Several countries in Central and Eastern Europe – notably Poland – have belatedly realised that hydrogen offers a potentially huge opportunity to divest from coal. But for the region to take leadership in the field, in needs to move fast.
Hydrogen is being hailed by increasing numbers of stakeholders in emerging Europe as a fuel that could play a big role in the decarbonisation of heavy industry and transportation.
Renewable, clean and so-called “green” hydrogen could soon become a replacement for fossil fuel in these sectors, not least in those parts of Central and Eastern Europe that remain heavily reliant on coal.
The European Commission certainly thinks so. According to its own estimates, clean hydrogen could meet 24 per cent of the world’s energy demand by 2050, with annual sales in the range of 630 billion euros. Additionally, this could translate into one million jobs along the value chain.
- Polish Greens demand better, not bigger state to tackle climate change
- Estonia has the cleanest air in emerging Europe, and the rest of the region needs to catch up
- Hungary brings forward coal exit to 2025
To that end, the European Commission unveiled a strategy last year that charts the path to 100 per cent renewable hydrogen which will support the installation of at least six gigawatts of renewable hydrogen electrolysers by 2024, and and least 40 gigawatts by 2030. In this way, by 2050 – once technologies reach maturity – hydrogen could be deployed on a wide scale across sectors including chemicals and steelmaking, two industries that are notoriously hard to decarbonise.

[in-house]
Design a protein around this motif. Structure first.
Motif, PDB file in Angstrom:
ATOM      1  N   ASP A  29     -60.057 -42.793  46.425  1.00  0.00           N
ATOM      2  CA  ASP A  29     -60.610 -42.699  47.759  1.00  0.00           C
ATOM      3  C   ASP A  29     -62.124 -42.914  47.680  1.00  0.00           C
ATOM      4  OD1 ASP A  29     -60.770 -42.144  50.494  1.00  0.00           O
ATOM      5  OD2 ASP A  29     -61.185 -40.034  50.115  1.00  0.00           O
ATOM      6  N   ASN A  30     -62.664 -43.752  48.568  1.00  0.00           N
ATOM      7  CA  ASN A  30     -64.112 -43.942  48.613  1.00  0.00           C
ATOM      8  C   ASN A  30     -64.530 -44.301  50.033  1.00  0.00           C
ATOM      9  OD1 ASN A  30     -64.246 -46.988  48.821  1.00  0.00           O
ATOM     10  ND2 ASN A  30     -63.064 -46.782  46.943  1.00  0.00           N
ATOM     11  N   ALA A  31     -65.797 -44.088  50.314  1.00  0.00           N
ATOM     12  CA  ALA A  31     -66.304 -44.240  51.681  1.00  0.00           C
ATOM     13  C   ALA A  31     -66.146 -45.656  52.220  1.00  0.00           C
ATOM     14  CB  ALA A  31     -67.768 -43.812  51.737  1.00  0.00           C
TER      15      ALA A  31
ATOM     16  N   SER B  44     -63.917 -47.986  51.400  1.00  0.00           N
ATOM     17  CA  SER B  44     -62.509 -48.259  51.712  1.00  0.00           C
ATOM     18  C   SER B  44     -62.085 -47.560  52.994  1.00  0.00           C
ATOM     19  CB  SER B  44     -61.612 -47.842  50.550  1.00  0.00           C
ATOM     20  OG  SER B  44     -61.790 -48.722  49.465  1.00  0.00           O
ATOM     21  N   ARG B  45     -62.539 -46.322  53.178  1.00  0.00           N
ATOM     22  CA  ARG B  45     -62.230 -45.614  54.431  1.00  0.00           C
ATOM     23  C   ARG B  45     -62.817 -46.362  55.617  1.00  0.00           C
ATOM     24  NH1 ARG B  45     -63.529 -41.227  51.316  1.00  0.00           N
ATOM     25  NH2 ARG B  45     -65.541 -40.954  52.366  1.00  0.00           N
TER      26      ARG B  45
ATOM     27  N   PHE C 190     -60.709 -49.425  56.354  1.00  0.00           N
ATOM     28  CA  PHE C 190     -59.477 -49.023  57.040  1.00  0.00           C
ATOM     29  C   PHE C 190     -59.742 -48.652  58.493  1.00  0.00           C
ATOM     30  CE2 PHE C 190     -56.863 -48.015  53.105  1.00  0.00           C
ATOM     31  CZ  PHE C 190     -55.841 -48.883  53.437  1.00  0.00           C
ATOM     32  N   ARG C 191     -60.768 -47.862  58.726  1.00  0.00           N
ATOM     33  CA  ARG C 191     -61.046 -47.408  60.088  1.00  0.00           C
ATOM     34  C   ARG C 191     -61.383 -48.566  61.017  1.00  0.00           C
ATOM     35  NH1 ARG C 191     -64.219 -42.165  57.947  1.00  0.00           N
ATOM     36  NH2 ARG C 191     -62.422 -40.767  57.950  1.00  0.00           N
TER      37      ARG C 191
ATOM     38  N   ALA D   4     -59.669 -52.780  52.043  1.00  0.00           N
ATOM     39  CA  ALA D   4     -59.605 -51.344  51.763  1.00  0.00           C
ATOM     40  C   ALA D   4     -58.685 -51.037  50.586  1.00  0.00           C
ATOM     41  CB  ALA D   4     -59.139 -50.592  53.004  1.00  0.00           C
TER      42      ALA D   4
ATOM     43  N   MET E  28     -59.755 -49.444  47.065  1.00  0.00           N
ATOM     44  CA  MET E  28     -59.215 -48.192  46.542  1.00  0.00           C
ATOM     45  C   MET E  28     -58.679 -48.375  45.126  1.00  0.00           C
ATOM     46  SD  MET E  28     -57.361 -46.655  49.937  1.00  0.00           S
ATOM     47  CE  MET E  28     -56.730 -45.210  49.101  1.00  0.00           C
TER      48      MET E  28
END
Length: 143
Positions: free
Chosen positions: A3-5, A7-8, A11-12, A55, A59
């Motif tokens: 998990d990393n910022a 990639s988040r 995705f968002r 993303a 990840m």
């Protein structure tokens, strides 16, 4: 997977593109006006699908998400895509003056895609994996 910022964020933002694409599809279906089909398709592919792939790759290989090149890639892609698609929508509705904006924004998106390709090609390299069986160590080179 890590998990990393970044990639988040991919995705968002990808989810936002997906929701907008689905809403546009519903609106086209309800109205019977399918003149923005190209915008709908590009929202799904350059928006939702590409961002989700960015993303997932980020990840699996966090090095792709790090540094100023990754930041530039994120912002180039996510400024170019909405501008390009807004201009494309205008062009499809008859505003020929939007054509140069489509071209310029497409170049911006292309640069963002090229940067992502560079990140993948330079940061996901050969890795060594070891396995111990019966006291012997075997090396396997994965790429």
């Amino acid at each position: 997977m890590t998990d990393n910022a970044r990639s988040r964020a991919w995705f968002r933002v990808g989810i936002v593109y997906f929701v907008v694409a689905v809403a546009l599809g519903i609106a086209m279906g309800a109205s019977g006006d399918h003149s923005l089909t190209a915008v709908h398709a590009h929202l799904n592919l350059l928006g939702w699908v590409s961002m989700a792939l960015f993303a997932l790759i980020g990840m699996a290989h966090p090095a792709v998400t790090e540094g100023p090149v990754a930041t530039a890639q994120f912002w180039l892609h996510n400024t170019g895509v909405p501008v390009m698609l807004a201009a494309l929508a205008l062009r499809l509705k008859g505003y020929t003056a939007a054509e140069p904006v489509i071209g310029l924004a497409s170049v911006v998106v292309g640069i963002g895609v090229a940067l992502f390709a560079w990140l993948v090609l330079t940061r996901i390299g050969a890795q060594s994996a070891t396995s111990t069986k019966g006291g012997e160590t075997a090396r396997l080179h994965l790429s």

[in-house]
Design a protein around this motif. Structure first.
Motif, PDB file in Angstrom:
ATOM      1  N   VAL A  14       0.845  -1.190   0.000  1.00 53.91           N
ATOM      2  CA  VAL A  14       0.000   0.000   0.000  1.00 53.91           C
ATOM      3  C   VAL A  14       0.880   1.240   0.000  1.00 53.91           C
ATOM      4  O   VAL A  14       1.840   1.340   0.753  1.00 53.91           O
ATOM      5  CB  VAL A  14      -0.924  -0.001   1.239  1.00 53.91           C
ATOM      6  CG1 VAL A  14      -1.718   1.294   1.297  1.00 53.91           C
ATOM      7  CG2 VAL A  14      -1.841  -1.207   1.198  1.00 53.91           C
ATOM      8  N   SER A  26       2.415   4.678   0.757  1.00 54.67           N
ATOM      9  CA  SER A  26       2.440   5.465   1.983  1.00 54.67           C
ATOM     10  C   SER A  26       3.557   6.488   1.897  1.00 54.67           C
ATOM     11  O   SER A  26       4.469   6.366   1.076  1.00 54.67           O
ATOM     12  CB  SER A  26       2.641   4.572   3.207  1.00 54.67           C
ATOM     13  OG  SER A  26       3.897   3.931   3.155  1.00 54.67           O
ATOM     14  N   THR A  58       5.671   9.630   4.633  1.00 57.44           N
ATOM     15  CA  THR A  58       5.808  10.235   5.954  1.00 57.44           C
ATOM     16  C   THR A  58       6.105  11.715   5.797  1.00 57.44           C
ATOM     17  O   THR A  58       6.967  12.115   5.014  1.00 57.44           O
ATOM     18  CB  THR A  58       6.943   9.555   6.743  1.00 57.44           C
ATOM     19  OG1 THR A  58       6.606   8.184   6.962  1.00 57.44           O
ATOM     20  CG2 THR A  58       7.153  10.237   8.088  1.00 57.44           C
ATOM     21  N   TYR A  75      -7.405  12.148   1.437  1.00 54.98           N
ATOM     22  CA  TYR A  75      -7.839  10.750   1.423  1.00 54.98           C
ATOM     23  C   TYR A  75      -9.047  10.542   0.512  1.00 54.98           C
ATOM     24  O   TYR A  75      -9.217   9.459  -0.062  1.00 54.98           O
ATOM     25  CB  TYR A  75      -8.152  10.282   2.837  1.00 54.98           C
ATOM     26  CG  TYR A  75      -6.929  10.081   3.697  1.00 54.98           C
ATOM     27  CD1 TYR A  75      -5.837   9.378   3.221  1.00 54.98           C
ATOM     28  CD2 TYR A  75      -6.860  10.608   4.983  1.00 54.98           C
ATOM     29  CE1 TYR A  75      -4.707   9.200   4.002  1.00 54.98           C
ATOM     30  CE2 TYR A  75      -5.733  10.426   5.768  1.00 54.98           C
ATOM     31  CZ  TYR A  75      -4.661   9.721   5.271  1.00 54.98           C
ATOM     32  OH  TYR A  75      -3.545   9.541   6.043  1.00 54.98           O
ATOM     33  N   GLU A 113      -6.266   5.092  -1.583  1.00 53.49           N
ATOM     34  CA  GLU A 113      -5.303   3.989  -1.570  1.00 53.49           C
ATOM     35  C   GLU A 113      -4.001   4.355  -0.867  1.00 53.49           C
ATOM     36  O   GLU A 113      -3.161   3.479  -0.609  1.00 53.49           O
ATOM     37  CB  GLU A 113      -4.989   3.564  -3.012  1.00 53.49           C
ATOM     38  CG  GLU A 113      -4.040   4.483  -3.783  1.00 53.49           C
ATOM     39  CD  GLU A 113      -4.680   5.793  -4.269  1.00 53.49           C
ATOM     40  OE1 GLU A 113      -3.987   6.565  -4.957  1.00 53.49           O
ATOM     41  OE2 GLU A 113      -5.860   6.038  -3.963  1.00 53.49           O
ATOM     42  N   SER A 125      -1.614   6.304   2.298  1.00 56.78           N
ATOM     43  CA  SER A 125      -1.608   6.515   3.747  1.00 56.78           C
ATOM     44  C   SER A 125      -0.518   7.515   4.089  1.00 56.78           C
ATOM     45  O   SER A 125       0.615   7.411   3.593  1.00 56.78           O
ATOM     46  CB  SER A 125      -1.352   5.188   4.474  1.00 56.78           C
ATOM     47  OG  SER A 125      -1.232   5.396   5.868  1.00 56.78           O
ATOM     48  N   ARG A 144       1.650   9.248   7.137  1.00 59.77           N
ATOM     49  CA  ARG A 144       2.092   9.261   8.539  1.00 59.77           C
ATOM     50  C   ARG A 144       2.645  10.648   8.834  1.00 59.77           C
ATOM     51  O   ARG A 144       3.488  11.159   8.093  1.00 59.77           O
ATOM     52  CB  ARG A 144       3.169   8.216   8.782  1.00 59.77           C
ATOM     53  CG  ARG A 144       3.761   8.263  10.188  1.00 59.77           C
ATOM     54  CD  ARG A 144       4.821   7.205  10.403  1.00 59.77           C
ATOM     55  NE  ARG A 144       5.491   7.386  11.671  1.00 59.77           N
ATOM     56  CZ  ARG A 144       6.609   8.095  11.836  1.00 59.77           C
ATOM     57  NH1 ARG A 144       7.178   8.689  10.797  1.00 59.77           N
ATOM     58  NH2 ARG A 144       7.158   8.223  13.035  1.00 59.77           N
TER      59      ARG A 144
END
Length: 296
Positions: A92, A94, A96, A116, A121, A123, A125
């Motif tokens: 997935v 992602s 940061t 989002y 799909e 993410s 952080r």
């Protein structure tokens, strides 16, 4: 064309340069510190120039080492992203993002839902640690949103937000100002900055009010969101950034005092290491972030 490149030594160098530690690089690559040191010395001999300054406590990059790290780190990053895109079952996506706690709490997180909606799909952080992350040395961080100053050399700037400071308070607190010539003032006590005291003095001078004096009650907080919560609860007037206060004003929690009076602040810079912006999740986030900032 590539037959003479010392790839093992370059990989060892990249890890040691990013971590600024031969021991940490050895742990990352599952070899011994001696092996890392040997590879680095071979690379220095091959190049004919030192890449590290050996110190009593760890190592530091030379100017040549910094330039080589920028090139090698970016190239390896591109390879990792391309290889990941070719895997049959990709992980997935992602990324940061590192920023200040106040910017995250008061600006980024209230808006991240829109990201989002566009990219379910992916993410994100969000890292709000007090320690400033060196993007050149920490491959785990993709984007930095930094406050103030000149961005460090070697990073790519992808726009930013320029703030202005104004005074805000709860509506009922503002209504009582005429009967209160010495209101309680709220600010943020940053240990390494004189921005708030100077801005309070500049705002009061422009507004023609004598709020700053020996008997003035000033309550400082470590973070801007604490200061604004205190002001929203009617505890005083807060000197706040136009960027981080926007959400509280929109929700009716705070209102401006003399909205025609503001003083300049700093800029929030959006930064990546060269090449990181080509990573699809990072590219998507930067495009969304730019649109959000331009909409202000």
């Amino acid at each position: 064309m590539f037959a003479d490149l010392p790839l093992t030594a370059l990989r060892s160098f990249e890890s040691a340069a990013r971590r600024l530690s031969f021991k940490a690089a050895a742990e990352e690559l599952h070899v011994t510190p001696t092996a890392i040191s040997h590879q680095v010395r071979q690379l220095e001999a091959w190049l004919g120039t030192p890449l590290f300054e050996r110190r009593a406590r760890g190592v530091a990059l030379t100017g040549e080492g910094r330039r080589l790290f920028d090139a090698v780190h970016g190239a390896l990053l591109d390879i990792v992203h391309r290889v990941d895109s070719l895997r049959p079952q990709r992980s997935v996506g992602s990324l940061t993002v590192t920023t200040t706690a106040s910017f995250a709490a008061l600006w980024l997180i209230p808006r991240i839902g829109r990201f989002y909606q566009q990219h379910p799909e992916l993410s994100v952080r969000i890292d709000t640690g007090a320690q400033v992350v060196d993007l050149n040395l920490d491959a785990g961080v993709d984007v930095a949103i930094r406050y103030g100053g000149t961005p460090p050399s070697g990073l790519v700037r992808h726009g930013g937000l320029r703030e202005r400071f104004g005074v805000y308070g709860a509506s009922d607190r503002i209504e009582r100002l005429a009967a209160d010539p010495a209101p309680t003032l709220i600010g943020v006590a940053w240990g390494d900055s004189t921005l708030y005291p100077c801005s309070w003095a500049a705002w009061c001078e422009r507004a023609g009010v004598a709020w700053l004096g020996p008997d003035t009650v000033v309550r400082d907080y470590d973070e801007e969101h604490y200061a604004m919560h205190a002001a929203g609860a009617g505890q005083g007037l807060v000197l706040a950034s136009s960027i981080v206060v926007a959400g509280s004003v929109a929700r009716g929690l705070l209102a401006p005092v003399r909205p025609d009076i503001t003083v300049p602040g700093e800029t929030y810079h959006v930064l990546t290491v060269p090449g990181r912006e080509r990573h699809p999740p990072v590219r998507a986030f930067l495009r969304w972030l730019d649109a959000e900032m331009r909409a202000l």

“The development of the EU hydrogen market can play a significant role in achieving the goals of the EU Green Deal,” says Bartek Czyczerski, general director of Business and Science Poland.
“Most notably, hydrogen’s capabilities to ‘store’ energy produced from renewable sources or serve as an alternative fuel – both highly relevant in achieving a zero-emission economy by 2050 – triggered the Commission to draft the European Hydrogen Strategy.”
For many analysts, CEE as a region has great potential to take advantage of hydrogen production and transport. Poland is already one of the leaders in hydrogen production, the third in Europe. But as in most of the world — only 0.1 per cent of global production is a zero carbon process — most of it comes from grey or blue sources.